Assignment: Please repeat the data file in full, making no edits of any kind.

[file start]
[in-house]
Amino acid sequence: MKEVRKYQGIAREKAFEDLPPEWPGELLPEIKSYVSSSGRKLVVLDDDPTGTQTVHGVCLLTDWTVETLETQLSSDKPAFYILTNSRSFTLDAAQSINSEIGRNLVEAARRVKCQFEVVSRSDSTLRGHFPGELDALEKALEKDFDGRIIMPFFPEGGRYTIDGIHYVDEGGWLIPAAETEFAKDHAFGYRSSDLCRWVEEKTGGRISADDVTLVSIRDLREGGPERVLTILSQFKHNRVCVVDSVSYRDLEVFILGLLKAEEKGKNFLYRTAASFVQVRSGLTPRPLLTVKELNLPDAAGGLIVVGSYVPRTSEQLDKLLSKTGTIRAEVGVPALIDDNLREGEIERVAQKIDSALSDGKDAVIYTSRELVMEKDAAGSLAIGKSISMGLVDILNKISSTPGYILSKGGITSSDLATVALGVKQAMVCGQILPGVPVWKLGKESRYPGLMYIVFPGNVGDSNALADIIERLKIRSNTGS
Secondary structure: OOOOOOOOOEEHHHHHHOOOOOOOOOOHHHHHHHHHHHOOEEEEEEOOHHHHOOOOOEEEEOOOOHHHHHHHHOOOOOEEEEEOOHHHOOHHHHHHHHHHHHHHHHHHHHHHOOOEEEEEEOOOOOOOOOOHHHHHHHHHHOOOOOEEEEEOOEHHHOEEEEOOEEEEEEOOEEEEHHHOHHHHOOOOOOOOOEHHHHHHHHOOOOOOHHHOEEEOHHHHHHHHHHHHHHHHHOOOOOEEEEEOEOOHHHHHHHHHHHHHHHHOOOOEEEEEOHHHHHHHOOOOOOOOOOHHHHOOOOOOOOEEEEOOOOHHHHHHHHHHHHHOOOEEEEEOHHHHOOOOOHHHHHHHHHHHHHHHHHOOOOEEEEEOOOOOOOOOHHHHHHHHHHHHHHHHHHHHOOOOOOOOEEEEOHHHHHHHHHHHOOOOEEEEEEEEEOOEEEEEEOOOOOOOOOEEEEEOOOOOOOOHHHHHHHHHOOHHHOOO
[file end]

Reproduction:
[in-house]
Amino acid sequence: MKEVRKYQGIAREKAFEDLPPEWPGELLPEIKSYVSSSGRKLVVLDDDPTGTQTVHGVCLLTDWTVETLETQLSSDKPAFYILTNSRSFTLDAAQSINSEIGRNLVEAARRVKCQFEVVSRSDSTLRGHFPGELDALEKALEKDFDGRIIMPFFPEGGRYTIDGIHYVDEGGWLIPAAETEFAKDHAFGYRSSDLCRWVEEKTGGRISADDVTLVSIRDLREGGPERVLTILSQFKHNRVCVVDSVSYRDLEVFILGLLKAEEKGKNFLYRTAASFVQVRSGLTPRPLLTVKELNLPDAAGGLIVVGSYVPRTSEQLDKLLSKTGTIRAEVGVPALIDDNLREGEIERVAQKIDSALSDGKDAVIYTSRELVMEKDAAGSLAIGKSISMGLVDILNKISSTPGYILSKGGITSSDLATVALGVKQAMVCGQILPGVPVWKLGKESRYPGLMYIVFPGNVGDSNALADIIERLKIRSNTGS
Secondary structure: OOOOOOOOOEEHHHHHHOOOOOOOOOOHHHHHHHHHHHOOEEEEEEOOHHHHOOOOOEEEEOOOOHHHHHHHHOOOOOEEEEEOOHHHOOHHHHHHHHHHHHHHHHHHHHHHOOOEEEEEEOOOOOOOOOOHHHHHHHHHHOOOOOEEEEEOOEHHHOEEEEOOEEEEEEOOEEEEHHHOHHHHOOOOOOOOOEHHHHHHHHOOOOOOHHHOEEEOHHHHHHHHHHHHHHHHHOOOOOEEEEEOEOOHHHHHHHHHHHHHHHHOOOOEEEEEOHHHHHHHOOOOOOOOOOHHHHOOOOOOOOEEEEOOOOHHHHHHHHHHHHHOOOEEEEEOHHHHOOOOOHHHHHHHHHHHHHHHHHOOOOEEEEEOOOOOOOOOHHHHHHHHHHHHHHHHHHHHOOOOOOOOEEEEOHHHHHHHHHHHOOOOEEEEEEEEEOOEEEEEEOOOOOOOOOEEEEEOOOOOOOOHHHHHHHHHOOHHHOOO